The 5 Mantras of a Screenwriting Career Coach
This week, as I was talking to various writers in various career stages, I got to thinking about some of those things – my mantras, if you will – that I find myself telling writers more often than I would probably like to admit. These mantras are not all my own; some are evolutions of others’ words, others’ ideas evolved over time and put to good use. But what’s common to all of them are that I’ve repeated them through my many years of one-on-one work with professional and emerging writers, addressing challenges that writers encounter at various career stages.
These mantras, in all likelihood, will not change your life, but I wanted to share them here in case you find some use for them now, or at a later stage when you are facing your own challenges:
The secret to writing is writing.
Over the years, a number of industry friends have touted screenwriting to be akin to a blue-collar job. While writing, obviously, doesn’t have the same physical demands as an agricultural or manufacturing job, it is a job that – in the very least – requires the repetition of the physical act of writing. One foot after the next, brick by brick… whatever the euphemism, the secret to building and moving your screenwriting career forward is writing, and the one thing that the writing requires is words on page. We can talk all day about craft and structure and the magic of story, but it’s the act of putting all of that on the page, consistently, purposefully and thoughtfully, that creates the progress we want to see.
No one gets a gold star for fast.
If there is one question I continue to hear all too often, it is: “How long SHOULD the writing take?” While I am all for setting timelines, deadlines and accountability, the reality is that, even in the face of the most thoughtful planning, writing takes what it takes, and even with the best outlines in place it is not a paint-by-number situation. The idea that writers should be able to execute their work in a specific window of time, specifically when developing their own original work, often comes at the cost of quality and in-depth content development. No one has ever said “Your pilot (or screenplay) is great! Too bad you took too long to write it.”
In other words? Don’t rush the writing. Of course, the more the writer works her process, the more efficient it will be, but when developing her own work on her own timeline, it should not be rushed. With that in mind, it’s about finding the balance between giving the material the space needed to develop into meaningful, thoughtfully realized work, and knowing when to let go because the work is there, and any additional work on it will really only produce diminishing returns.
Of course, this conversation doesn’t apply to writers working on assignment, with a set timeline and strict deadlines. In those scenarios, the writer has to do what they have to do in order to push through and meet those deadlines as best she can, developing the best work she can in the time allotted for her.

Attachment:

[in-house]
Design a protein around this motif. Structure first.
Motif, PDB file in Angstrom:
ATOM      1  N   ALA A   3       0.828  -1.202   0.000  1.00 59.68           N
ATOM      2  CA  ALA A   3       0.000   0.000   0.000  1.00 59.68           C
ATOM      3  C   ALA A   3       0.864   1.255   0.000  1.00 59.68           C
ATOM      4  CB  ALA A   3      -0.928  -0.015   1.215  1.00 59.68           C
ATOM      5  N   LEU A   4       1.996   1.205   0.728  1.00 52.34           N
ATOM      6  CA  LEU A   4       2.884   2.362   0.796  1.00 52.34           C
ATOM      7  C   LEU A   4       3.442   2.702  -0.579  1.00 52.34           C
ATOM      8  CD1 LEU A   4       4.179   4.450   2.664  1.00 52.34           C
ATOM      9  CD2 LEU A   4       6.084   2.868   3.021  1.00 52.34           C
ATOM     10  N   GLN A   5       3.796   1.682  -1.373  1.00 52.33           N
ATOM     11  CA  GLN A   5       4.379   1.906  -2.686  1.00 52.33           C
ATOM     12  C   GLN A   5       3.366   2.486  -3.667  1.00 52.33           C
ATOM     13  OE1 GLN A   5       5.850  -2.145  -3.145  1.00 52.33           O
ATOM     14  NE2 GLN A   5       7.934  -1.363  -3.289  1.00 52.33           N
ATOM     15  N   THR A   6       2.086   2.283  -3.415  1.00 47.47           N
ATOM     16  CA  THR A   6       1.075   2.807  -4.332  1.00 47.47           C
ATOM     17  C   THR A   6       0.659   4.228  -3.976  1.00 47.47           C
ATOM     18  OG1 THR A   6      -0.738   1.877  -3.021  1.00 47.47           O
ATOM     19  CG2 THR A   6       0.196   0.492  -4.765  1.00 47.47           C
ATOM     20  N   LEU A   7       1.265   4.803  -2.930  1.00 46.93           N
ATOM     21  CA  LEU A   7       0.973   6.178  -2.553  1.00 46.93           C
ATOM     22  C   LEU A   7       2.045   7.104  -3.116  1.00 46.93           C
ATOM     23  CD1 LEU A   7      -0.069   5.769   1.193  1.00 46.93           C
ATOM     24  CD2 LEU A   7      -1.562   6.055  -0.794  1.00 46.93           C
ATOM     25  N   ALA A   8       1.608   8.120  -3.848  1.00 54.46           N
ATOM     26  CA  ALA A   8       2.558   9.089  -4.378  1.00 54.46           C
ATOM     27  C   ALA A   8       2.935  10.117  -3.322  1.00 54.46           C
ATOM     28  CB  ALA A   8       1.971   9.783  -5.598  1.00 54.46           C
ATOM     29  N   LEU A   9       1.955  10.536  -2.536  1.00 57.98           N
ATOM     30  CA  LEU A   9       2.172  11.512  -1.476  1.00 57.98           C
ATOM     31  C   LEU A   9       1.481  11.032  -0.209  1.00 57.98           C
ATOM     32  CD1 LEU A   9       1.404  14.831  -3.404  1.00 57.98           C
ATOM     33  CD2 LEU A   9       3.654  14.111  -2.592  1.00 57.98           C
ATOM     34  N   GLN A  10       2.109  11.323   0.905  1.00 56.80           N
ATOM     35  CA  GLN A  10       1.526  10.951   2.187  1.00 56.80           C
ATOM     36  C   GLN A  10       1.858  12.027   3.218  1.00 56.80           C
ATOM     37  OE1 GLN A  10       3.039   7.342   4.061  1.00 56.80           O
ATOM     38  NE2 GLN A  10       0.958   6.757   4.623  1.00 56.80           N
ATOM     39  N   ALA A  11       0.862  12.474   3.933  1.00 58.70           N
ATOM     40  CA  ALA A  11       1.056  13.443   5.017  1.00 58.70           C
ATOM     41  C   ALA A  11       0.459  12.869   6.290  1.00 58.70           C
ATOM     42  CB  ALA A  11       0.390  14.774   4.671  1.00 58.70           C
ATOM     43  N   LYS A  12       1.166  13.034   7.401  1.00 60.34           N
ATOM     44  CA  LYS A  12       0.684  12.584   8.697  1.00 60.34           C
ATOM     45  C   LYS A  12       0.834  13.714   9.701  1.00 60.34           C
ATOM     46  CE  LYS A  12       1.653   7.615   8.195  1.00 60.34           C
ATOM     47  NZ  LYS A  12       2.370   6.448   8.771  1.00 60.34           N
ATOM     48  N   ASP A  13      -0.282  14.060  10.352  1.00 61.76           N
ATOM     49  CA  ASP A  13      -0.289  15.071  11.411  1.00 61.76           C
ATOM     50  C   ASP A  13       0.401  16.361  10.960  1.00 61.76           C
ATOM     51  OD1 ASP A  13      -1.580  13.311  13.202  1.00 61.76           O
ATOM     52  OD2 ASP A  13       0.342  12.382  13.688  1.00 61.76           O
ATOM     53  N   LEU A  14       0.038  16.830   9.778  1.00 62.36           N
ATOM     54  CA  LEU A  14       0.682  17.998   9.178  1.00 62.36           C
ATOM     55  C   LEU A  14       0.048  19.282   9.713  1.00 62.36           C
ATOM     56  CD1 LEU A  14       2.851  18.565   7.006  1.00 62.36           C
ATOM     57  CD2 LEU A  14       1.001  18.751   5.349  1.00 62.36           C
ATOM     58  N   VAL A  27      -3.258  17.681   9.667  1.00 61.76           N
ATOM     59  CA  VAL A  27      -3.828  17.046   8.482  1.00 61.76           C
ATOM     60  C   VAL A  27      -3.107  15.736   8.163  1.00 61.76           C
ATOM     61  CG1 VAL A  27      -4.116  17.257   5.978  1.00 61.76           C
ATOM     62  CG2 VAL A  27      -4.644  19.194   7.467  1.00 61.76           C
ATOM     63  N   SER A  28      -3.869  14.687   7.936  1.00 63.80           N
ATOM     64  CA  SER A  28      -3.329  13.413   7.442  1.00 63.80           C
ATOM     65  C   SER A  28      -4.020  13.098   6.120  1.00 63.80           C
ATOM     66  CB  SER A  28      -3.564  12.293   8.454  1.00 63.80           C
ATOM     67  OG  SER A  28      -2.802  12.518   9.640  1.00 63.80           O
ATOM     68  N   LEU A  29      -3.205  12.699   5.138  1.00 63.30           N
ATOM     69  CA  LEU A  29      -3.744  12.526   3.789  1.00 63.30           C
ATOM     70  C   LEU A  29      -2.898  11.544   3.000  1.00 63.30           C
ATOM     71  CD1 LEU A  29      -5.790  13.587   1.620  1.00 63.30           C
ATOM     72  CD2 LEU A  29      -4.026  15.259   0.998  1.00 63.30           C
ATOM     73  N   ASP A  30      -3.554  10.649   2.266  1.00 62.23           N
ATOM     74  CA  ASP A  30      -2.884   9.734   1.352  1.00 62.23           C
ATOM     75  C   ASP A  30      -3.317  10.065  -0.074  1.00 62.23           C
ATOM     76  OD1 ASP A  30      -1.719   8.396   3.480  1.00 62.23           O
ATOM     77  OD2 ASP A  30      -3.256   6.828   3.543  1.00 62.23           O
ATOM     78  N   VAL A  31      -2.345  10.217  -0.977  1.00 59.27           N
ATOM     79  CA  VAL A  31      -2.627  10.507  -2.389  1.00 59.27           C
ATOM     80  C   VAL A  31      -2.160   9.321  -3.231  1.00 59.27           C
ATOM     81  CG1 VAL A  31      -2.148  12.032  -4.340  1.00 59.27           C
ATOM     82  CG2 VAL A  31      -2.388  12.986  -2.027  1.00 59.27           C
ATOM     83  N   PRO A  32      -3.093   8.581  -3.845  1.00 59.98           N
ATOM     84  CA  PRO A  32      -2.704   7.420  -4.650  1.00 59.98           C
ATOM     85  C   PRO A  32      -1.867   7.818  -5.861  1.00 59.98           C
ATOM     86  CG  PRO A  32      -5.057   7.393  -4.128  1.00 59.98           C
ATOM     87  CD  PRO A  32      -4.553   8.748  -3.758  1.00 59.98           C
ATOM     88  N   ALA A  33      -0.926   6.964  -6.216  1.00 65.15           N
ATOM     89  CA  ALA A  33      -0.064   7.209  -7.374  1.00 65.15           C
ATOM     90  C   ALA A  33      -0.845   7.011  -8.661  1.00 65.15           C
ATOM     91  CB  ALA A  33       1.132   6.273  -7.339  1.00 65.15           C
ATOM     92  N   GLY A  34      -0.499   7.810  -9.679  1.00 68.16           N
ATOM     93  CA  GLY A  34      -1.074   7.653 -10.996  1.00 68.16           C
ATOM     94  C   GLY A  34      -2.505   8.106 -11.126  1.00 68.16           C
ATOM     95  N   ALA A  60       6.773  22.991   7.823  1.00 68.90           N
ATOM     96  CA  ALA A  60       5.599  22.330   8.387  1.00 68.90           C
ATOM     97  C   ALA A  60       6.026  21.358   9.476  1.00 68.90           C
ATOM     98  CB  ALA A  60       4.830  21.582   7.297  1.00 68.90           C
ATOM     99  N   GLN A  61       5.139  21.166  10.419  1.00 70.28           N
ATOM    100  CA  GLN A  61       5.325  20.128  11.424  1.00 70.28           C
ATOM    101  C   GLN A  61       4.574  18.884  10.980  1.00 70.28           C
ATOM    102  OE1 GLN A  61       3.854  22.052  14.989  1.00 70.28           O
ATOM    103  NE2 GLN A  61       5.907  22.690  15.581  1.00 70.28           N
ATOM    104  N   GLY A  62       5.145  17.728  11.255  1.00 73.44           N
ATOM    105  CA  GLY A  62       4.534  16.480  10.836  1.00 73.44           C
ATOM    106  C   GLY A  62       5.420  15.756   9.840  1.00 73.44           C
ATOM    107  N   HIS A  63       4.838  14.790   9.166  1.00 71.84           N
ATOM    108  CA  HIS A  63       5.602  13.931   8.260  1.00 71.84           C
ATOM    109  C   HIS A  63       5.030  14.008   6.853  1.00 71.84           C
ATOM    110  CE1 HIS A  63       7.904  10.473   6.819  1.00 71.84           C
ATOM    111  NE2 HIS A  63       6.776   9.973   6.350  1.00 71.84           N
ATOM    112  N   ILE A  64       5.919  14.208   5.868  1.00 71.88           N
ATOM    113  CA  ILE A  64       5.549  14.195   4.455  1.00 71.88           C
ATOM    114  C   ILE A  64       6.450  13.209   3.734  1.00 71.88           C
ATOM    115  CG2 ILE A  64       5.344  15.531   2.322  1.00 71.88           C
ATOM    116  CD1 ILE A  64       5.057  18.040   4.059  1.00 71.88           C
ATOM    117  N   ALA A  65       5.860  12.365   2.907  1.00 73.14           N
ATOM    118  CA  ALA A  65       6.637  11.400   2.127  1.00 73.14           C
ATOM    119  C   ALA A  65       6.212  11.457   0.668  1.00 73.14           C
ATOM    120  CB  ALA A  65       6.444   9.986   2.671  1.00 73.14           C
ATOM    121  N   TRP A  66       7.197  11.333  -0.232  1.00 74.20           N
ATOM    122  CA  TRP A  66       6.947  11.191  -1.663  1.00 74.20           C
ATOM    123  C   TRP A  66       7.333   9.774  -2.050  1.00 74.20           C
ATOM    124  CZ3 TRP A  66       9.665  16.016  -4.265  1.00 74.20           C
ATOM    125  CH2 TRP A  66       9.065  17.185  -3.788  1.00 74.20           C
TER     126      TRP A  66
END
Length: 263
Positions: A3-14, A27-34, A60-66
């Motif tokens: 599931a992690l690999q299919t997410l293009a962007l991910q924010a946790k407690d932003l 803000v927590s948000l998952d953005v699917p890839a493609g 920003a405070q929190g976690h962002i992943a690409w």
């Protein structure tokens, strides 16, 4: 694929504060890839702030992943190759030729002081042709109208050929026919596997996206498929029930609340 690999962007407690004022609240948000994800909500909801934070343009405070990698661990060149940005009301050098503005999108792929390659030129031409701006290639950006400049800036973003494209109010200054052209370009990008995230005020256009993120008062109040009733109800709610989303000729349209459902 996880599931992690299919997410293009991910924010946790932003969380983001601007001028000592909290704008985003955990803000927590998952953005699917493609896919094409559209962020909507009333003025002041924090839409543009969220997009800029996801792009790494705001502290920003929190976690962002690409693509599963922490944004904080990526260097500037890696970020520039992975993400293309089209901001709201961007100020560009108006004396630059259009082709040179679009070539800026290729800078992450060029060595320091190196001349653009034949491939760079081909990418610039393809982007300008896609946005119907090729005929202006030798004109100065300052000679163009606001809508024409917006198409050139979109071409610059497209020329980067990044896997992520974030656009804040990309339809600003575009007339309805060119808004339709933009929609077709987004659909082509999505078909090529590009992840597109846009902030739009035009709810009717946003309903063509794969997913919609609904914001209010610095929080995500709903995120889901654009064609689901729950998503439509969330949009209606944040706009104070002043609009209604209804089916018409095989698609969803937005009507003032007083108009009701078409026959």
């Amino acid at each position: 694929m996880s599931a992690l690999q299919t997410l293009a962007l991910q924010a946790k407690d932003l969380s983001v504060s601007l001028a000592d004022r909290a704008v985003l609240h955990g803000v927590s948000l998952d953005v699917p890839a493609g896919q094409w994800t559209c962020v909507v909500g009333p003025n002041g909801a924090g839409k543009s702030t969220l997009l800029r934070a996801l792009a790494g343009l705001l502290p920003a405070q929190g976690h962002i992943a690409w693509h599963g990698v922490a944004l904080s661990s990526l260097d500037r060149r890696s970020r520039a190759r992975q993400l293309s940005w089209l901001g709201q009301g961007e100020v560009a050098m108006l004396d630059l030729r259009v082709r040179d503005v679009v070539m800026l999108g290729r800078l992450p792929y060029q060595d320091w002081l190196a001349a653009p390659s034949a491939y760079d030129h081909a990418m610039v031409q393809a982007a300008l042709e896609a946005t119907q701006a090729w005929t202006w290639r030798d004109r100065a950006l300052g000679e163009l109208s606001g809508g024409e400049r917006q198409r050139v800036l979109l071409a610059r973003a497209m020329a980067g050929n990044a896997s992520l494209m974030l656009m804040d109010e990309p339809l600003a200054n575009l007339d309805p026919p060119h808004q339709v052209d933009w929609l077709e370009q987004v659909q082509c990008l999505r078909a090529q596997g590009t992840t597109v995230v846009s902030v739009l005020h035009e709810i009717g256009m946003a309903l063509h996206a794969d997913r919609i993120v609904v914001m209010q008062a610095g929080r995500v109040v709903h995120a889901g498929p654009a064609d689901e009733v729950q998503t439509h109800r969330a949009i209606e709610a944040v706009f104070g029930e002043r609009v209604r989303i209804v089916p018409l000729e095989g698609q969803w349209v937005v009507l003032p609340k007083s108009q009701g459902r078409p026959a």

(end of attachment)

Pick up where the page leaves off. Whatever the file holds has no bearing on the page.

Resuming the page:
Structure is freedom.
The above mantra, in my experience, is true for both your writing routine, as well as the writing itself. How do I mean? Let’s break it down:
In your writing routine, much as with life, the structure provides the framework on which to hang the journey. It allows you to approach it with clear expectations, and make the most of the journey that you are going through. The more you are used to your writing routine, the more conditioned you will be able to perform in it. The clearer the structure, the more you will be to enjoy the actual doing, while also not stressing in those times when you are not writing, because you know the structure is there, the writing has its time and place, and you have been conditioned to meet it.
And in uncertain times? Structure provides not only freedom, but also comfort.
When it comes to the writing itself, structure provides a roadmap for your storytelling journey, allowing you to enjoy the trip, make the most of it, uncover unexpected turns and go on fun detours, if you will, while always keeping your final destination in mind. Of course, final destinations, too, can change, but that is a different conversation, for a different time.
Momentum is hard to build and easy to lose.
An added bonus of structure? It helps build momentum. Momentum for your writing practice, as well as momentum for the story being constructed on the page. Momentum takes time to build. We’ve all heard that it takes 21 days to build a habit, and this is very much the case here as well.
However, as easy as it is to build, it is equally easy to lose and for the writer to suddenly find herself feeling creatively lost and potentially stalled in her career. Therefore, it’s important to try and always have clarity on all screenwriting-related tasks, be they creative, strategic, networking-in-nature or educational. Even when a lot of effort is required, it’s going to be easier to keep it going than get it started over again.
Make the most of every opportunity that you create.
Opportunities to market yourself, to get your screenplay or short film out there, don’t happen every day. First, they come with the completion of the work itself, but after that… those opportunities can be harder to generate. Be it getting an 8 from The Black List, being named a semi-finalist in The Nicholl, having a new short film festival open for submissions for which your short film qualifies… Don’t miss those opportunities to get your work out there, seen and read.
Remember, fighting for your screenplay, short film or completed feature to get attention speaks to your belief in the work. I’ve written about it at length in the blogpost Don’t Drop the Ball! Seize Your Screenwriting Opportunities. The bottom line? Take pride in all you’ve been able to accomplish, and get the work out there.